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The Heather in Lore, Lyric and Lay
The Heather Abroad - Cultivation in America

The Heather is not difficult to grow in the United States. It likes moisture at all times, but not at all a wet soil, and it prefers partial shade from warm sunshine, and shelter from sweeping winds. in the northern and mountainous parts of the country it behaves very well; but it is a question if it can be grown here with European luxuriance.

While not hardy in all situations, the plants do fairly well in New England. At Forest Hill Cemetery, Mass., there is a number of groups that receive no protection whatever. Around New York, New Jersey and Philadelphia they should need no protection. They all do well with a slight covering of leaves or meadow hay, and well repay the trouble, as they bloom nearly all summer.

All ericaceous plants have fine, hair-like roots, and, in common with all plants with roots of similar character, delight in light soil. They are well suited in soil containing many small stones, and of a sandy nature. The stones keep the soil open, which is what the roots desire. Such roots are often poor. Because of this it is inferred by many that the plants referred to do not care for better soil; but this is a mistake. The roots are suited in such situations, but the plants will show a marked improvement in growth if a mulching of good soil be given them. It has been found that the Heather grows most luxuriantly in a soil that contains a more than usual store of oxide of iron.

Raising Scotch Heather from seed requires as careful treatment as does the multiplication of any of the plants belonging to the heath family, by a similar method of propagation. The soil most suitable in which to sow seeds of Scotch Heather is one composed of good peat loam and sharp, clean sand, in equal parts. The soil should be made fine by passing it through a small-meshed sieve. Shallow earthen pans, or shallow boxes, are the most desirable receptacles for sowing the seed in, although preference should be given to the earthen pans, as there is less danger of fungous attacks by their use than in the case of the wooden boxes. The pans should be well drained with broken crocks, and a layer of sphagnum moss should be placed over the crocks, so as to prevent the soil washing into the drainage. After the pans, or boxes, are thoroughly drained, put into them two or three inches of the above compost, pressing it down firmly and evenly. When this is done give the soil a watering with a fine rose, and after the soil has absorbed all the water the seeds may then be sown.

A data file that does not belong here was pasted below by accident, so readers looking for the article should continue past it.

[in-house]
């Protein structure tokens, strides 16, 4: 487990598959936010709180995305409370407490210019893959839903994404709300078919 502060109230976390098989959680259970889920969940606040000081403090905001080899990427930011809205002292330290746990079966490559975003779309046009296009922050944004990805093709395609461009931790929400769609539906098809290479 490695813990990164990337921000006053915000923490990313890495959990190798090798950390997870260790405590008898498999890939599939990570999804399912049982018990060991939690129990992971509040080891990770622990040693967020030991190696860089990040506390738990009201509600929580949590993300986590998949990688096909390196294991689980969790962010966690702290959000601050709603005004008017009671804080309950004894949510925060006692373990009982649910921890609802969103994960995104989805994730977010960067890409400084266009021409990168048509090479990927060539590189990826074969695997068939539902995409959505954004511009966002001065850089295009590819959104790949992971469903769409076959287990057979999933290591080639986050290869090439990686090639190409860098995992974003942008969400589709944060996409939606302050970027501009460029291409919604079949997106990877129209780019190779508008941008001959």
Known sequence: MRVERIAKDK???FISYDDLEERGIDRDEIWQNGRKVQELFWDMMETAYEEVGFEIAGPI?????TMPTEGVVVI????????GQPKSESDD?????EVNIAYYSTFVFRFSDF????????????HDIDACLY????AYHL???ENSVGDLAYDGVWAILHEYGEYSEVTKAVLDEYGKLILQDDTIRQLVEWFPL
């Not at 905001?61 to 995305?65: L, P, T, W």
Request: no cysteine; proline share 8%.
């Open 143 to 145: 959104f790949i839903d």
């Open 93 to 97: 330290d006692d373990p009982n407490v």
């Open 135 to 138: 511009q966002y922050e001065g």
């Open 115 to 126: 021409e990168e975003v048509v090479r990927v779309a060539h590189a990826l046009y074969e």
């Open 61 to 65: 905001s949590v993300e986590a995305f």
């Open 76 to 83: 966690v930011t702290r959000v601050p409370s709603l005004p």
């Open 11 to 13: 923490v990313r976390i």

As the seeds are small, they have to be sown carefully and evenly over the surface of the material used, and very slightly covered with soil. The pans, or boxes, may now be placed in a temperature ranging from So to 6o degrees, and they must be carefully watched so that they may not get dry. When the seeds germinate, if there is any sign of fungus, the young plants should at once be transplanted into fresh soil, which is one of the best remedies to check damping off. If the seeds are sown in January, or February, the young plants will require to be transplanted several times during the first summer. This tends to make them vigorous for the future; and during the first winter it will be well to keep them in a cold frame. The following spring the plants may be set out in their permanent positions.